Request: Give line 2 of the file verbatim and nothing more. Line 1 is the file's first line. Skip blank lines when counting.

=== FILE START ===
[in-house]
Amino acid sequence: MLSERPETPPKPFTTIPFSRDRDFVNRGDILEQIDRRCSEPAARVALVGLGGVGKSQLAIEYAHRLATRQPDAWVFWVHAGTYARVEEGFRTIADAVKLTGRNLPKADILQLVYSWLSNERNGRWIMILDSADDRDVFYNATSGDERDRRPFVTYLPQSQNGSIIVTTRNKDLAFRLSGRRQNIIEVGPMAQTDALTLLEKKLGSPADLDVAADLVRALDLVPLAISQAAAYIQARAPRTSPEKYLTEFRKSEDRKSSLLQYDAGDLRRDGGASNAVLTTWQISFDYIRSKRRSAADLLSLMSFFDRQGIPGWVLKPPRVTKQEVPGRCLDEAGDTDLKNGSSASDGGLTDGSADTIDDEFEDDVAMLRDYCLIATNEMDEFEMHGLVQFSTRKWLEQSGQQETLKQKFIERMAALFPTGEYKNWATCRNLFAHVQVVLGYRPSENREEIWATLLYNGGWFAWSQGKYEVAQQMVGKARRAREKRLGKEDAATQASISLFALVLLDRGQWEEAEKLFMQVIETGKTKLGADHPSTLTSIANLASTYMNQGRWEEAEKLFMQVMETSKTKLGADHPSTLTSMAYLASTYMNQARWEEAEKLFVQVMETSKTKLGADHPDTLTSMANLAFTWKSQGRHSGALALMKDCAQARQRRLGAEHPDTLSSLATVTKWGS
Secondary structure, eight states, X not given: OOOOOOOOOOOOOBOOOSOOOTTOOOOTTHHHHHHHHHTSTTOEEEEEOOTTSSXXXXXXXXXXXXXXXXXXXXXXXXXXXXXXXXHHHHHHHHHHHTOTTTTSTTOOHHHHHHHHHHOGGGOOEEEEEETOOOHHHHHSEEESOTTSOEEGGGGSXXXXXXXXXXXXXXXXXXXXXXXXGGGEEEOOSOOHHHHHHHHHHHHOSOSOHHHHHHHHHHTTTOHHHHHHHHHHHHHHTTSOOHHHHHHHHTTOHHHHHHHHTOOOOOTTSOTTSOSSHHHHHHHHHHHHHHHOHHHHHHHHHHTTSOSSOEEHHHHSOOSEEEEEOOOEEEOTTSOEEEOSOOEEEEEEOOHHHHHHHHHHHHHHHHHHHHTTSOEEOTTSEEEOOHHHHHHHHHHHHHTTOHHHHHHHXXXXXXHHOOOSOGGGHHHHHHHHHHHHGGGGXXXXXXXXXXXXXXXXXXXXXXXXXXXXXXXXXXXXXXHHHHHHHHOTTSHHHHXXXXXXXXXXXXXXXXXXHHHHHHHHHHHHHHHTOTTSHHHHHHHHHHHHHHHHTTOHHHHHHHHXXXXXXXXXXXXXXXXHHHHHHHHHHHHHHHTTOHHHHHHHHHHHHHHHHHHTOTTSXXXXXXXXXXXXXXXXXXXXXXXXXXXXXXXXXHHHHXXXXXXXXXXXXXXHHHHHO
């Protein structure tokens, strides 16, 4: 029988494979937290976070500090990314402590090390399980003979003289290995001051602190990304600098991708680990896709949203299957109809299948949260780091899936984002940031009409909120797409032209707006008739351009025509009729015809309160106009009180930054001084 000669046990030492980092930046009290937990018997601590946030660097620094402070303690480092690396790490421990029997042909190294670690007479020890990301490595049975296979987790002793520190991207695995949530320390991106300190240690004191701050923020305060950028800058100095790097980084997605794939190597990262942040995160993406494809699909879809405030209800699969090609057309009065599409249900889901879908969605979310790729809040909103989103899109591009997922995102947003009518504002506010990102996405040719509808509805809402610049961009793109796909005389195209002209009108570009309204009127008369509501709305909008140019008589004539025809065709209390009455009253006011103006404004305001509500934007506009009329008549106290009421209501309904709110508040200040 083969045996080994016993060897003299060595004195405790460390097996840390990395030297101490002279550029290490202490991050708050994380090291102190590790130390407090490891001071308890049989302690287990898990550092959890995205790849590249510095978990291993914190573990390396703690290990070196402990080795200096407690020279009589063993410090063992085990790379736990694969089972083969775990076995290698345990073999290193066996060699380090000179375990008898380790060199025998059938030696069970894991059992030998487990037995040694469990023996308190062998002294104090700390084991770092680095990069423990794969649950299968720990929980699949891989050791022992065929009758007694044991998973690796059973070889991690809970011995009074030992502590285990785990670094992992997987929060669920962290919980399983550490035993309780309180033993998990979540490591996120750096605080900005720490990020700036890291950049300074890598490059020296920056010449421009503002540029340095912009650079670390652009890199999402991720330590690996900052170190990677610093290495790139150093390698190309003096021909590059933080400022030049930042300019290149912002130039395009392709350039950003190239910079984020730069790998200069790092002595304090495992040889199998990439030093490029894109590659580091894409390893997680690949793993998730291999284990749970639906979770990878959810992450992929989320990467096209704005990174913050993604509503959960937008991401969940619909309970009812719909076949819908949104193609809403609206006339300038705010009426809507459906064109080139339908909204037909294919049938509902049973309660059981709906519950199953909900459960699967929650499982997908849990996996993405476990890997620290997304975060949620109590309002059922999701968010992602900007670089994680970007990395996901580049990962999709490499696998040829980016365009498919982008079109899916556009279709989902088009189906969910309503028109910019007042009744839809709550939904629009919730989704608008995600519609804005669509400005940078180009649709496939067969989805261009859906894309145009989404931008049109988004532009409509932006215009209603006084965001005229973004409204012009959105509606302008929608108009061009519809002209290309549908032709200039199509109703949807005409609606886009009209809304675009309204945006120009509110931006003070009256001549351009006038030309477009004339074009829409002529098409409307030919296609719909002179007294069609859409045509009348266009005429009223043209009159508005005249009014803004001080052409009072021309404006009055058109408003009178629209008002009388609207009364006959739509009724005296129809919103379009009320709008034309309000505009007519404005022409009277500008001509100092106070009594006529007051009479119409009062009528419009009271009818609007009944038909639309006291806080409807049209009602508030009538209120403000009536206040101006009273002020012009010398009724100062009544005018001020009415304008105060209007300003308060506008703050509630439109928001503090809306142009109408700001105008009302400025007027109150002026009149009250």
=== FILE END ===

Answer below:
Amino acid sequence: MLSERPETPPKPFTTIPFSRDRDFVNRGDILEQIDRRCSEPAARVALVGLGGVGKSQLAIEYAHRLATRQPDAWVFWVHAGTYARVEEGFRTIADAVKLTGRNLPKADILQLVYSWLSNERNGRWIMILDSADDRDVFYNATSGDERDRRPFVTYLPQSQNGSIIVTTRNKDLAFRLSGRRQNIIEVGPMAQTDALTLLEKKLGSPADLDVAADLVRALDLVPLAISQAAAYIQARAPRTSPEKYLTEFRKSEDRKSSLLQYDAGDLRRDGGASNAVLTTWQISFDYIRSKRRSAADLLSLMSFFDRQGIPGWVLKPPRVTKQEVPGRCLDEAGDTDLKNGSSASDGGLTDGSADTIDDEFEDDVAMLRDYCLIATNEMDEFEMHGLVQFSTRKWLEQSGQQETLKQKFIERMAALFPTGEYKNWATCRNLFAHVQVVLGYRPSENREEIWATLLYNGGWFAWSQGKYEVAQQMVGKARRAREKRLGKEDAATQASISLFALVLLDRGQWEEAEKLFMQVIETGKTKLGADHPSTLTSIANLASTYMNQGRWEEAEKLFMQVMETSKTKLGADHPSTLTSMAYLASTYMNQARWEEAEKLFVQVMETSKTKLGADHPDTLTSMANLAFTWKSQGRHSGALALMKDCAQARQRRLGAEHPDTLSSLATVTKWGS